Montessori program honors career of Martha McDermott, one of its first instructors

Forty years later, University has graduated 1,600 Montessori teachers | February 2, 2006

Martha McDermott, who became one of the University’s first Montessori education instructors more than 40 years ago, is the guest of honor at a banquet commemorating the 40th anniversary of Xavier’s Montessori Teacher Education Program on Sunday, Feb. 19, at 5:00 p.m. at the Cintas Center. Bretta Weiss, national director emeritus of the American Montessori Society, is the keynote speaker.

In 1965, Xavier broke new ground in the world of education when the University became the first to offer a master’s degree in Montessori education. Forty years later, Xavier has graduated about 1,600 Montessori teachers and continues to be a national leader in Montessori teacher education.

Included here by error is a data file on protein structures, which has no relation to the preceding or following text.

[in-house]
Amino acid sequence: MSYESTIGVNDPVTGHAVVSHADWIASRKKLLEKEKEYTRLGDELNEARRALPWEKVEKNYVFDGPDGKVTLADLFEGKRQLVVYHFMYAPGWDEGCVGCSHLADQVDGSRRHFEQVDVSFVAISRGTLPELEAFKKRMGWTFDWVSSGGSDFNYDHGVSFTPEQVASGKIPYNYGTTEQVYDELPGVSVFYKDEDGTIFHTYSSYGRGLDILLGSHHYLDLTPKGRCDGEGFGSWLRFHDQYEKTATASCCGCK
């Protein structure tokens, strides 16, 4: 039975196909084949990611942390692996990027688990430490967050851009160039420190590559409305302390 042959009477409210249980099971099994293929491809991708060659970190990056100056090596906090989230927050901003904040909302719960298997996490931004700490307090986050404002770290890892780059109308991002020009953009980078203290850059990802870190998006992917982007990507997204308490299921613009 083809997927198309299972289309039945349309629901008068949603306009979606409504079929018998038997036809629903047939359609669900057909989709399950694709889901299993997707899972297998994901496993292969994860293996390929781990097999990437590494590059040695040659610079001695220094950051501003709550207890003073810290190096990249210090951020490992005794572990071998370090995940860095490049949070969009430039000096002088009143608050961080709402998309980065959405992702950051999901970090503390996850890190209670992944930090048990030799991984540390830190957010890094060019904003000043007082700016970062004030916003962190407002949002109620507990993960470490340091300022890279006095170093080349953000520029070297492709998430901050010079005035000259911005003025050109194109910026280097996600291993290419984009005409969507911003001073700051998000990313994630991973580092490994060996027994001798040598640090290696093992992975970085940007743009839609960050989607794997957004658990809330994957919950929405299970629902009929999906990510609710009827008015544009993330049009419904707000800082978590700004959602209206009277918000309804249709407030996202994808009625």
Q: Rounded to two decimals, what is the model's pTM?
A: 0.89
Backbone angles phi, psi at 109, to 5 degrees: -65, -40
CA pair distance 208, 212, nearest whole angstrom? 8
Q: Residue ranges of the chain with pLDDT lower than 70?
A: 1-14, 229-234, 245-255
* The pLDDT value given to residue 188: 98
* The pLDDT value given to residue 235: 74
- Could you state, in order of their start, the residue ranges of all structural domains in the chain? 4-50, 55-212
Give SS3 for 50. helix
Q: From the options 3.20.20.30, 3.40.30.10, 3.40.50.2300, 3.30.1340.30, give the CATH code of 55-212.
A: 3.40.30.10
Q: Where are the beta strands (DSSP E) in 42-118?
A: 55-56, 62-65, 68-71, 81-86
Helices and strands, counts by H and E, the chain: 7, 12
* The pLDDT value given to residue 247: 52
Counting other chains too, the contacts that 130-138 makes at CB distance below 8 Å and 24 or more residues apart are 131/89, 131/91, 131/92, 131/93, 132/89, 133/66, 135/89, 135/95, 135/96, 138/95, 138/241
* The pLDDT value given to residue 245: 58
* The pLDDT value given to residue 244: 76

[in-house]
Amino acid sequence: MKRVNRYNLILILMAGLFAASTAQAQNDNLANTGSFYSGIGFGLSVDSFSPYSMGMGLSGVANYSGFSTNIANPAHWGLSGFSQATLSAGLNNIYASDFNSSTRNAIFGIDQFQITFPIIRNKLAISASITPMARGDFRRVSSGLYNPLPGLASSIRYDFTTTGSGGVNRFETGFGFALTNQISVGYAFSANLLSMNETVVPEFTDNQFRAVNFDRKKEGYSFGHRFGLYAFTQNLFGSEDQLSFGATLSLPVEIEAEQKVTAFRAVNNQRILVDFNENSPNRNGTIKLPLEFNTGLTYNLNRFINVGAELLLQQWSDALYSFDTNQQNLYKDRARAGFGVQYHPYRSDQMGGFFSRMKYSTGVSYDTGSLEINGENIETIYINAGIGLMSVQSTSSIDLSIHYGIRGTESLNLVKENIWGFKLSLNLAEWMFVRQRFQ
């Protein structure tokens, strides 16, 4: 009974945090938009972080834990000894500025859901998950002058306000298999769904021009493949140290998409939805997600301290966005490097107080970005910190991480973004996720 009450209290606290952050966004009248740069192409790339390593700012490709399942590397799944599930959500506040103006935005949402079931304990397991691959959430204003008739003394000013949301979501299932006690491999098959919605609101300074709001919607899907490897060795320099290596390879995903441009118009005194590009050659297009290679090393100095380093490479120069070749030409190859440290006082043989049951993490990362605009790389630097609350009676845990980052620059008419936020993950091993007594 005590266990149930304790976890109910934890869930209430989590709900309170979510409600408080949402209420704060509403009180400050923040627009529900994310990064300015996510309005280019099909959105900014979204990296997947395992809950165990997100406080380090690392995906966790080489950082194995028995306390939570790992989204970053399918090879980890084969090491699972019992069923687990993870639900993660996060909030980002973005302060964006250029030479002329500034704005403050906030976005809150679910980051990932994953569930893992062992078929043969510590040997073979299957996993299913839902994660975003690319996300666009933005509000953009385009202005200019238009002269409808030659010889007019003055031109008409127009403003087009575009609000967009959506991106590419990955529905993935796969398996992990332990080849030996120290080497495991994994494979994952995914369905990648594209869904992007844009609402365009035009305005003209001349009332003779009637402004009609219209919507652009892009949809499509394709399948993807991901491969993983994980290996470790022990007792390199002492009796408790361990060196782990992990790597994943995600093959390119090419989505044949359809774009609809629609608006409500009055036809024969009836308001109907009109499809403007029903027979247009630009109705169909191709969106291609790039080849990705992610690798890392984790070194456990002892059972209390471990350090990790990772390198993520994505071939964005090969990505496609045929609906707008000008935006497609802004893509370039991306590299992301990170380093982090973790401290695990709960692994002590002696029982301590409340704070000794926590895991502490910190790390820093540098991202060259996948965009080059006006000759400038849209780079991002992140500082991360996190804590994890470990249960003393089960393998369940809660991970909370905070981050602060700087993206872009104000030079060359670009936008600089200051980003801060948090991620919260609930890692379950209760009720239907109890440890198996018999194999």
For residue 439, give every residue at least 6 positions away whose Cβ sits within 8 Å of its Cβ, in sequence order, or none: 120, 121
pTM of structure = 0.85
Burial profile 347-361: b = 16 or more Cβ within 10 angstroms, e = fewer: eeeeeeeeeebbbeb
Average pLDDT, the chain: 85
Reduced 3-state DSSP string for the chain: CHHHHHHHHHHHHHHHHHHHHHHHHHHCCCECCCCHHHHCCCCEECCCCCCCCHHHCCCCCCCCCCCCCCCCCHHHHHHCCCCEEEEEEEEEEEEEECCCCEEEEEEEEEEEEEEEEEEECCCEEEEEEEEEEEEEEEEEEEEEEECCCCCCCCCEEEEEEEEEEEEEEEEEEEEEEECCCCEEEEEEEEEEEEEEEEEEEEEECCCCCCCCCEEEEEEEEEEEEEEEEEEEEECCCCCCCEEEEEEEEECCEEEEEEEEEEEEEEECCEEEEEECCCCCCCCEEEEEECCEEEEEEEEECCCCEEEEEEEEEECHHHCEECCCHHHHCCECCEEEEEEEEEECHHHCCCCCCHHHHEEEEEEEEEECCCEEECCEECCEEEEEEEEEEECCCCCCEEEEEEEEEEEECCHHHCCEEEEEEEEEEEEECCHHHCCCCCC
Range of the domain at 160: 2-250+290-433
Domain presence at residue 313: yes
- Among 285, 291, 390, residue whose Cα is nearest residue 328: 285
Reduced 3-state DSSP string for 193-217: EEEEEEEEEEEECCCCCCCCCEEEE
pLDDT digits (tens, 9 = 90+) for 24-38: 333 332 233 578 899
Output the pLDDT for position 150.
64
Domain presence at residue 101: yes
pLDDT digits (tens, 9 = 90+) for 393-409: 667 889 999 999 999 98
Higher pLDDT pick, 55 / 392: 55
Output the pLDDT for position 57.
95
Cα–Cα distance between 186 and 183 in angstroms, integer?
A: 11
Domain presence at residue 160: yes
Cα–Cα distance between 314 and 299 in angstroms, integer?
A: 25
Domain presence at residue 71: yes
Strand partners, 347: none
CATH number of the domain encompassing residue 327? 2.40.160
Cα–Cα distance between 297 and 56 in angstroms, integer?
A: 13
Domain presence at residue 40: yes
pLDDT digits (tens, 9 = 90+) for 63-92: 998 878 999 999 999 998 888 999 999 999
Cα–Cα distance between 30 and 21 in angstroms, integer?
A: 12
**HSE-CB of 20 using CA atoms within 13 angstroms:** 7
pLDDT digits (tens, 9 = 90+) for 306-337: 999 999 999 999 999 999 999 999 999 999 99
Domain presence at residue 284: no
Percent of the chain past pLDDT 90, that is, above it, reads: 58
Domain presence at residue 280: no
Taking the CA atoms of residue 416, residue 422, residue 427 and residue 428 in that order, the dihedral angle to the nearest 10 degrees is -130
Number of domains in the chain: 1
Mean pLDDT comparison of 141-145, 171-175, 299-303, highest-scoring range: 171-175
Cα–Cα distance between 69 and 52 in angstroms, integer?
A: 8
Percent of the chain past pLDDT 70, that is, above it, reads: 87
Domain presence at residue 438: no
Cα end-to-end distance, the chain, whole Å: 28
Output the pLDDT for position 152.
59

In the early 1960s, Montessori-based education was relatively new. When Cincinnati’s first Montessori school opened at Cincinnati Country Day School there were few teachers. Hilda Rothschild convinced the dean of Xavier’s graduate school, Raymond McCoy, to start the Montessori program. McDermott, who was teaching at Ohio’s first Montessori school in Cleveland, was asked to join Xavier’s faculty. The first graduate class had 80 students.

By 1975, the University had added an undergraduate program and helped open the first public elementary Montessori school in the country, which still operates in Cincinnati today as Sands Montessori. Clark Montessori in Cincinnati was the first Montessori public school for junior high and high school. Other Cincinnati Montessori schools include Dater, North Avondale and Winton Montessori. Xavier also helped open public Montessori schools in Dayton, Louisville, Indianapolis and Seoul, Korea. The department is now working in Taiwan to establish elementary Montessori schools.

For more information please contact Elizabeth Bronsil at 513-745-1072.